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Obama highlights importance of Wall Street reform




U.S. President Barack Obama. AP FILE PHOTO

WASHINGTON – US President Barack Obama on Saturday underscored the importance of Wall Street reforms passed on his watch, saying they will help end taxpayer-funded bailouts of troubled companies.

“That’s what Wall Street reform is all about – looking out for working families and making sure that everyone is playing by the same rules,” Obama said in his weekly radio and Internet address.

“Wall Street reform also created the first-ever independent consumer watchdog, whose sole job is to look out for you,” the president added.

Signed by Obama into law in July 2010, the measure created new regulatory agencies like the Consumer Financial Protection Bureau and the Financial Stability Oversight Council, whose job is to exercise control over financial markets to avoid excesses that had led to the 2008 financial crisis.

The measure, which imposed limits on large and complex financial instruments and made the derivative market more transparent, also introduced new requirements for credit rating agencies and gave company shareholders a say about bonuses paid to their chief executives.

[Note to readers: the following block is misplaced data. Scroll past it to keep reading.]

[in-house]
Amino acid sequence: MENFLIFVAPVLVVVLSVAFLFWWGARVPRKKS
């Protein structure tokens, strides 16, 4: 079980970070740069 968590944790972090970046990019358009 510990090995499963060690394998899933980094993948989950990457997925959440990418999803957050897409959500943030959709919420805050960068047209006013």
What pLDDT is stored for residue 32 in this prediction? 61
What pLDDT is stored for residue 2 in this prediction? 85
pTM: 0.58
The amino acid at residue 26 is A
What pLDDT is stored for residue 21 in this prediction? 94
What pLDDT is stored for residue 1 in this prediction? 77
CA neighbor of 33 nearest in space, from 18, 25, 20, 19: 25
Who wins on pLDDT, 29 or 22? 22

Obama expressed regret that many Republicans in Congress, backed by industry lobbyists, were fighting these reforms, trying to de-fund and dismantle them.

The president also said he had faith in free markets, albeit with certain controls.

“I believe that the free market is one of the greatest forces for progress in human history, and that the true engine of job creation in this country is the private sector, not the government,” he said.

Obama added that he believed that “the free market has never been about taking whatever you want, however you can get it.”


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